Many of us have had our lives upended by COVID-19, but there is reason to remain optimistic. The manufacturing sector has shown steady growth, which is projected to continue over the course of the next year. December 2020 was its eighth straight month of growth; however, the increase is not as high as it could have been had COVID-19 not been a factor. Though pandemic conditions have caused issues on the supply side, end-consumer demand and spending have continued to increase, which makes manufacturers optimistic for the future.
The supply chain and manufacturing operations continue to labor under stresses imposed by pandemic restrictions. Employee shortages, personnel issues including adapting to working from home, government-mandated shutdowns and logistics issues are straining many industries. Trucking capacity is currently tight and is expected to either remain or tighten further in 2021.
On the demand side, sales in many industries are steadily returning to pre-COVID levels, especially in consumer products, food and beverage, electronics and home goods. When the COVID-19 vaccine is widespread in the population, service sector spending is expected to increase, which could lead to a slowdown in durable consumer goods spending.
“The timeline for these shifts is hard to pin down, however, and the confidence level of newly vaccinated Americans is even more difficult to predict,” Christina Ryan, executive vice president at Redwood Logistics said in an article published by Material Handling & Logistics. “For now, the food and beverage, consumer goods, electronics and home goods sectors are expected to continue their ascent.”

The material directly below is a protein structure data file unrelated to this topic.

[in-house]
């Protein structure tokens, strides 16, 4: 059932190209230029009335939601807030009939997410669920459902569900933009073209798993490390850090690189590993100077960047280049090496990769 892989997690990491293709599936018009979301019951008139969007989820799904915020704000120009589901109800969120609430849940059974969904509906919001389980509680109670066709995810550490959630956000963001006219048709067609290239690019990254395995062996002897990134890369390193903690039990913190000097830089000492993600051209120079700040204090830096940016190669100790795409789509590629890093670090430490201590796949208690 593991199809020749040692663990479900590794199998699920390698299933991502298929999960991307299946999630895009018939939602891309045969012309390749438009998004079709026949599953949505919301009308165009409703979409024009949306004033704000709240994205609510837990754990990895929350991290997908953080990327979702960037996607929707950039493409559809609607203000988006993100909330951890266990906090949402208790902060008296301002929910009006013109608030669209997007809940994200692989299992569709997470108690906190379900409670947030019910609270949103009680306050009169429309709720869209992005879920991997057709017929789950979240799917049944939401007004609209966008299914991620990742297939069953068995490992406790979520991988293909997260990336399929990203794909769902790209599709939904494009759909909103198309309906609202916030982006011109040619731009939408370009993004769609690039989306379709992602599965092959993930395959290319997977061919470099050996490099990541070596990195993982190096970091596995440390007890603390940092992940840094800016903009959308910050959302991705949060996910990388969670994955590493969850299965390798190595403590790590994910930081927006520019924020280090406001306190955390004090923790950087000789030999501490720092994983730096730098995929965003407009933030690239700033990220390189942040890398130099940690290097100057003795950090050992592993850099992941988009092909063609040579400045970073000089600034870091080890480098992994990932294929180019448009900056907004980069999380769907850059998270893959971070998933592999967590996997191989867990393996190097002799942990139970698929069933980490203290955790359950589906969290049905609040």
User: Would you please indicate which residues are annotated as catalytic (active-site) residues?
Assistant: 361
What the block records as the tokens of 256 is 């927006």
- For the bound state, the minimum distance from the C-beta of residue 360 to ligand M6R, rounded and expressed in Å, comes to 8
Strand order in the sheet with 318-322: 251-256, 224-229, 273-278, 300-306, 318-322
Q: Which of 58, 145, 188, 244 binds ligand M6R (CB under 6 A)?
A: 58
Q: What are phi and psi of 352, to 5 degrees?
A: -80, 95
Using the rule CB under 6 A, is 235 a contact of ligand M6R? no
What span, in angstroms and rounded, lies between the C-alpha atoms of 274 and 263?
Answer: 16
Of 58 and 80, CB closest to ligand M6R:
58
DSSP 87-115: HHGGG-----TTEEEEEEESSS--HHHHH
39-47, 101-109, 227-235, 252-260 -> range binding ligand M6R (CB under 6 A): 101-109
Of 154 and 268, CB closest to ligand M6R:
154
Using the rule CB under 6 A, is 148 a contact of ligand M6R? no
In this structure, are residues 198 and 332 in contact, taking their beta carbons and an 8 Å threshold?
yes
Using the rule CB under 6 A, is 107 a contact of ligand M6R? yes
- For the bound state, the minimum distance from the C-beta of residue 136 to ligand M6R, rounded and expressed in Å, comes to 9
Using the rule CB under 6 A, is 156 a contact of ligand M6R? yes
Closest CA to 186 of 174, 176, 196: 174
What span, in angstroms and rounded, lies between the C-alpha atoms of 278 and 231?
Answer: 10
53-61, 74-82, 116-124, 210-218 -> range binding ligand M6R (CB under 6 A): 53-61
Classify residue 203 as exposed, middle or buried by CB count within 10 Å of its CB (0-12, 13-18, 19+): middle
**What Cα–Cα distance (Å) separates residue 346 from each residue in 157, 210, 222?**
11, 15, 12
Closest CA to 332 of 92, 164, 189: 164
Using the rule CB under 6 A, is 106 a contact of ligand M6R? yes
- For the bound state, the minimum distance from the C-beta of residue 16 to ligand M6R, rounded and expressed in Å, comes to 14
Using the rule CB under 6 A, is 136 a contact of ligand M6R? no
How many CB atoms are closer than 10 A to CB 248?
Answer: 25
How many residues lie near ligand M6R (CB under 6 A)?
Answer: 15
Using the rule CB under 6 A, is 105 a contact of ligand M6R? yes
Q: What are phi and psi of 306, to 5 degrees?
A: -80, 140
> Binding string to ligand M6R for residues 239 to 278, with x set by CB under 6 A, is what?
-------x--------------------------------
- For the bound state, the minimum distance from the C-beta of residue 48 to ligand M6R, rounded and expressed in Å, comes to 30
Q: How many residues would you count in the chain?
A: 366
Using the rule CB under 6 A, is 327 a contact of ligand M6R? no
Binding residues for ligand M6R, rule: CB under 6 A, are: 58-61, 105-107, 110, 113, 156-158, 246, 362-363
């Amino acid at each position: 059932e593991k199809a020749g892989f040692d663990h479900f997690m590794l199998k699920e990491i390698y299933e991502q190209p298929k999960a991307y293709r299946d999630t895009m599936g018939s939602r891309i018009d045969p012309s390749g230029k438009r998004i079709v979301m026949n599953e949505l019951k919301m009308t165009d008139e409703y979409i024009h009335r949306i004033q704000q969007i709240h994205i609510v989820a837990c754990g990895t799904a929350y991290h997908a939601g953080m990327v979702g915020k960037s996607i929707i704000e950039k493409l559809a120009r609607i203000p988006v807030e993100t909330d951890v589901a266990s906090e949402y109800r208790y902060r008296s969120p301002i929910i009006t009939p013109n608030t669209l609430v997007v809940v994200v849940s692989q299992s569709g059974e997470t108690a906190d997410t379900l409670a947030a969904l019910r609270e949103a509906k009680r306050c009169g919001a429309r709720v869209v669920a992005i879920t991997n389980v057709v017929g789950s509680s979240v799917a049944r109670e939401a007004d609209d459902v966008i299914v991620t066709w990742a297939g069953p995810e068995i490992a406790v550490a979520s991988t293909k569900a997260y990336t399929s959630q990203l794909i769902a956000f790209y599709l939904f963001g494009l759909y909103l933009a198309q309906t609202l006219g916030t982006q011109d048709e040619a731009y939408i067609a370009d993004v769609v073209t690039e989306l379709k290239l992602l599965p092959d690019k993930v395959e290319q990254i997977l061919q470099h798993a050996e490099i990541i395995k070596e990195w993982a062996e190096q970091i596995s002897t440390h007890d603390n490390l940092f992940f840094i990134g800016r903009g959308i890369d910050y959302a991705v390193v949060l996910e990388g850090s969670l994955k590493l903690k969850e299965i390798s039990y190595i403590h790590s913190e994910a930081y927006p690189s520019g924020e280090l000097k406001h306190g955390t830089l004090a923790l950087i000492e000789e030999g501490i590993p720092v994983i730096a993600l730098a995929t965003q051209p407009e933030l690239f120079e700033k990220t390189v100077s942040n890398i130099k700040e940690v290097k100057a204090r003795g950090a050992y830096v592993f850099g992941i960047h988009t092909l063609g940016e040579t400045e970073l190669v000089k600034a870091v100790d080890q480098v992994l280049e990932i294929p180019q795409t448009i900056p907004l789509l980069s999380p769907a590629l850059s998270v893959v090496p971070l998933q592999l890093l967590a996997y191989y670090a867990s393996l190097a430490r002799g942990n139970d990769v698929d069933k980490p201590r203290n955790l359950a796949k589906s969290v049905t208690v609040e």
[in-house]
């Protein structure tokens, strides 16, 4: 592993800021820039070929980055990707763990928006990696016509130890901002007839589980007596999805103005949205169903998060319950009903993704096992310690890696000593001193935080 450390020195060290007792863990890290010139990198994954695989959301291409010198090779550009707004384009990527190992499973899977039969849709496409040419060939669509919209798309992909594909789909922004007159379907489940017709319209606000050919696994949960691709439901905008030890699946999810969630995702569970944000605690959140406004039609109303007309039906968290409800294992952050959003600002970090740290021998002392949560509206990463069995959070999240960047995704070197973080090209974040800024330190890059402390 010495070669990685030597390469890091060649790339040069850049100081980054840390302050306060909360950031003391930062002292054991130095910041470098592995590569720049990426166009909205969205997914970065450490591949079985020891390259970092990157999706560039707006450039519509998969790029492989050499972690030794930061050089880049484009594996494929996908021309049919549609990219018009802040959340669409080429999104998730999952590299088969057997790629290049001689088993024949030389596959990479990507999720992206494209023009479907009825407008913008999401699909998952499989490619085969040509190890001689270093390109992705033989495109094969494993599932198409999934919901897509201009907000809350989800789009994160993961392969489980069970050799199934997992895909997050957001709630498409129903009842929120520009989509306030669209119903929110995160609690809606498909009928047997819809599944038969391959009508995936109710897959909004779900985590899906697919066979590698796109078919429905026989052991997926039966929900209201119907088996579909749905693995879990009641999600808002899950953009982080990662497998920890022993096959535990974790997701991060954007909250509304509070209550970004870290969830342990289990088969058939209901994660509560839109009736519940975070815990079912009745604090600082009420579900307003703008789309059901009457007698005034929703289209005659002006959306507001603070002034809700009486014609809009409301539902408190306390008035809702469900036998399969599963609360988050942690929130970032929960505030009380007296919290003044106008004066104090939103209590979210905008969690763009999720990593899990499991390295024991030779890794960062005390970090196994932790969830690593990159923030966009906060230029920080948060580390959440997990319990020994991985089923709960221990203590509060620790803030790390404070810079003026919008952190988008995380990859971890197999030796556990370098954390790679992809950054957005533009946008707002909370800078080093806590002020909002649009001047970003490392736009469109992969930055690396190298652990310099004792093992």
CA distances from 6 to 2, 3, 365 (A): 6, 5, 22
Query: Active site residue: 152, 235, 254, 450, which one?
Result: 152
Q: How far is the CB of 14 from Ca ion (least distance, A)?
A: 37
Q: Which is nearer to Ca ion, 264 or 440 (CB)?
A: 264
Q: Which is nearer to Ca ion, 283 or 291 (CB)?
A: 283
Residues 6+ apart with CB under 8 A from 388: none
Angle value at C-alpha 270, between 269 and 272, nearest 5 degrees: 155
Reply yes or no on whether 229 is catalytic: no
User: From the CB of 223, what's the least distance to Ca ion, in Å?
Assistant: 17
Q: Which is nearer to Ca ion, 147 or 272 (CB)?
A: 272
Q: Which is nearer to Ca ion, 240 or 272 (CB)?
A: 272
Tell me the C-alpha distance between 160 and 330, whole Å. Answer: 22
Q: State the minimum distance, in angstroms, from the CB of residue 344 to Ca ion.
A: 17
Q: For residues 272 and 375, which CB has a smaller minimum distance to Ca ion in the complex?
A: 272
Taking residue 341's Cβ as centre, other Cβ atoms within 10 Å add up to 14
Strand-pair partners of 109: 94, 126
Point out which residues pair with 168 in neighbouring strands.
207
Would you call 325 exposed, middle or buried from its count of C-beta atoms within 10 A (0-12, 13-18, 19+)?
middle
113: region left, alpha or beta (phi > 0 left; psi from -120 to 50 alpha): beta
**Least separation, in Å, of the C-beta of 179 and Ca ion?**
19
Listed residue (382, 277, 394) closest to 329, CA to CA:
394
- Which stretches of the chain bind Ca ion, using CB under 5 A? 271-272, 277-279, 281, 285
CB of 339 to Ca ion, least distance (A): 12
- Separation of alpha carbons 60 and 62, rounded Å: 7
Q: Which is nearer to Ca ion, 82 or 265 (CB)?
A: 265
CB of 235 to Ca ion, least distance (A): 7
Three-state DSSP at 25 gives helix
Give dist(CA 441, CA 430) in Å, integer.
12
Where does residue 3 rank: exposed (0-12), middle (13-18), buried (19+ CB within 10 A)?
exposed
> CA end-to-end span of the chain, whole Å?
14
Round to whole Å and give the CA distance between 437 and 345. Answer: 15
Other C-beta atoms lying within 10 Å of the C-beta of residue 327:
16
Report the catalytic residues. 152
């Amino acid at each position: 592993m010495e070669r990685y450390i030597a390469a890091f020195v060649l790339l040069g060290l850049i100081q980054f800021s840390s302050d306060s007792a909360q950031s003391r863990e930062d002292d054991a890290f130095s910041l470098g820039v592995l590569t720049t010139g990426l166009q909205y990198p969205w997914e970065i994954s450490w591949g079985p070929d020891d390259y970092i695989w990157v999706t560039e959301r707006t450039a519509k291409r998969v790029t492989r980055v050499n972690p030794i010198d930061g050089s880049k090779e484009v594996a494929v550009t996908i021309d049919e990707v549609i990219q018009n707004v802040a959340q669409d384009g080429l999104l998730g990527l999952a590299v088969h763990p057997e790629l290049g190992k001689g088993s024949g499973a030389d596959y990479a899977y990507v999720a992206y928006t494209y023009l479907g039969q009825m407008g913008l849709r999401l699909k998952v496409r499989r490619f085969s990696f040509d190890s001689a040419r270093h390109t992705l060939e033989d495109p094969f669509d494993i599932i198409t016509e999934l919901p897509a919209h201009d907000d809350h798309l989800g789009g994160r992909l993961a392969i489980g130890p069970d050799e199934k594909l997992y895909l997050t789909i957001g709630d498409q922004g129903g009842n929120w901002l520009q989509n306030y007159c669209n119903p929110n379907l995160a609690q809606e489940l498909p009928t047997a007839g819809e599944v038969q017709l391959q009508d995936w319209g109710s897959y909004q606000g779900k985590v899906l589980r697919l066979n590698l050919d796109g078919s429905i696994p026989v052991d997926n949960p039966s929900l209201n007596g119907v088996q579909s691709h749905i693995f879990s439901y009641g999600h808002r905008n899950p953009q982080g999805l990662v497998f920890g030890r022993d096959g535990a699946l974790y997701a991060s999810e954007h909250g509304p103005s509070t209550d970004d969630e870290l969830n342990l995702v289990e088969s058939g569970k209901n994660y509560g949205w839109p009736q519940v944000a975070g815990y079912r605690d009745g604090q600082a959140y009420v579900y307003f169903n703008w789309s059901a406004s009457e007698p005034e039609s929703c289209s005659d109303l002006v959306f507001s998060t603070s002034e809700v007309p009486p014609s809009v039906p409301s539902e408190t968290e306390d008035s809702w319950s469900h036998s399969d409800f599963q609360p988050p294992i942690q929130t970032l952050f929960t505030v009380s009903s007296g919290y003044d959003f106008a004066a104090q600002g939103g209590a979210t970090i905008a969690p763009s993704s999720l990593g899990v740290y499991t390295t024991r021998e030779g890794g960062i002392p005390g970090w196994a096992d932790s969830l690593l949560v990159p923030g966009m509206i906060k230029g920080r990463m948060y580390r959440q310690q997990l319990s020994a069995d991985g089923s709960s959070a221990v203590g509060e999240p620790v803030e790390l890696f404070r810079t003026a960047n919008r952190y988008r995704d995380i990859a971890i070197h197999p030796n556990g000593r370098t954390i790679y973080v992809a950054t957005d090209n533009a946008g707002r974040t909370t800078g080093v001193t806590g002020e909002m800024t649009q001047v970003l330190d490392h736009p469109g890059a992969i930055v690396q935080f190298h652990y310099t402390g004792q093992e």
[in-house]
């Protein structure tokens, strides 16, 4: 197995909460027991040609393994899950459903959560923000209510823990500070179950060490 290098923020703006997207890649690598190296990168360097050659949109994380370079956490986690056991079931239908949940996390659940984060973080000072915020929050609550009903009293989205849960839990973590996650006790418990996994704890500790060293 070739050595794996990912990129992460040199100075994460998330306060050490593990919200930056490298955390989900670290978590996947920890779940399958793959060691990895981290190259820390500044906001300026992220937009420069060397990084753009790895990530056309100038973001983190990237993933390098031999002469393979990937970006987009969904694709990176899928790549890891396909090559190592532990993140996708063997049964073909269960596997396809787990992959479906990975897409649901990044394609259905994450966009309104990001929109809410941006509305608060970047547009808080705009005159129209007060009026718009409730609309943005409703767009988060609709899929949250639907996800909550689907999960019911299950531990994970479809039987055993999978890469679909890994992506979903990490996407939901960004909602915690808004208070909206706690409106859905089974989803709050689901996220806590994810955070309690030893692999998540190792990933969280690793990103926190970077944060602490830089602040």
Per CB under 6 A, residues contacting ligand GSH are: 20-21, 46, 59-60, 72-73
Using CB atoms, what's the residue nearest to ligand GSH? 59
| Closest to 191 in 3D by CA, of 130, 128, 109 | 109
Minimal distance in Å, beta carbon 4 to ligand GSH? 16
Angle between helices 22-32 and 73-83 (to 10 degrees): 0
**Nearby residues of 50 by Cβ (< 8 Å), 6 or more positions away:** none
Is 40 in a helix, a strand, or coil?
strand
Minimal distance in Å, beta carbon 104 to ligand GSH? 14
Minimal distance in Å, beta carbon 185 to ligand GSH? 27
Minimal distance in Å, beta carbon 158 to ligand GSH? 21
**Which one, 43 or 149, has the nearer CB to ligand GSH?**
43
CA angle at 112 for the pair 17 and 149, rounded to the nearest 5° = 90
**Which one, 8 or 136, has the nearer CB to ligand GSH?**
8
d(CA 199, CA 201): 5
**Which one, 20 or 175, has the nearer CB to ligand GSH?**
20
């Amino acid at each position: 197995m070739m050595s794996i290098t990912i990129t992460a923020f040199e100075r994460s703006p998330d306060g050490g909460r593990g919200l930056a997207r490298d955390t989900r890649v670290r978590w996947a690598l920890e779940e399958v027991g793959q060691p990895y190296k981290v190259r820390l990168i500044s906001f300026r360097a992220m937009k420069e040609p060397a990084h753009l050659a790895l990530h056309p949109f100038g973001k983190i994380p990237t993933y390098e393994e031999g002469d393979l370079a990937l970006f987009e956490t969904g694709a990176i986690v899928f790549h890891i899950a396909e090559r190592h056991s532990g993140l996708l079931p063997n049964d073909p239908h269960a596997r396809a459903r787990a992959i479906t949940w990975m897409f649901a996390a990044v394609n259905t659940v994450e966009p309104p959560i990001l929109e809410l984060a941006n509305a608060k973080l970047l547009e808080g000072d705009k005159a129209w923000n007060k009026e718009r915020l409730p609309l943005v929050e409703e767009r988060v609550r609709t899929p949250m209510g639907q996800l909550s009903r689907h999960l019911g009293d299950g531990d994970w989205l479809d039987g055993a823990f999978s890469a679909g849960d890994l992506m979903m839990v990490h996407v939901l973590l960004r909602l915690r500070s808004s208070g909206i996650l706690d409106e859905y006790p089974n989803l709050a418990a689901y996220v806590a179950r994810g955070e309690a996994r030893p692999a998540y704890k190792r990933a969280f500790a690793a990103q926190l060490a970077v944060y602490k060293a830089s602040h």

According to Research Nester, rising demand from end-use industries will drive growth in the wood pallet sector, which carries the largest percentage of pallet sales. Wooden pallets are used more frequently for consumer goods because of their durability and reliability. Plastic pallets are expected to have the largest CGR (compound annual growth rate) as demand grows for pallets that are more resistant to biological hazards such as insects and chemicals.
The long-term impact of these economic shifts is uncertain as we continue to persevere through an unpredictable pandemic. Though issues of the past year have strained manufacturing on the supply side, a continuing increase in demand paints an optimistic picture for manufacturing industries.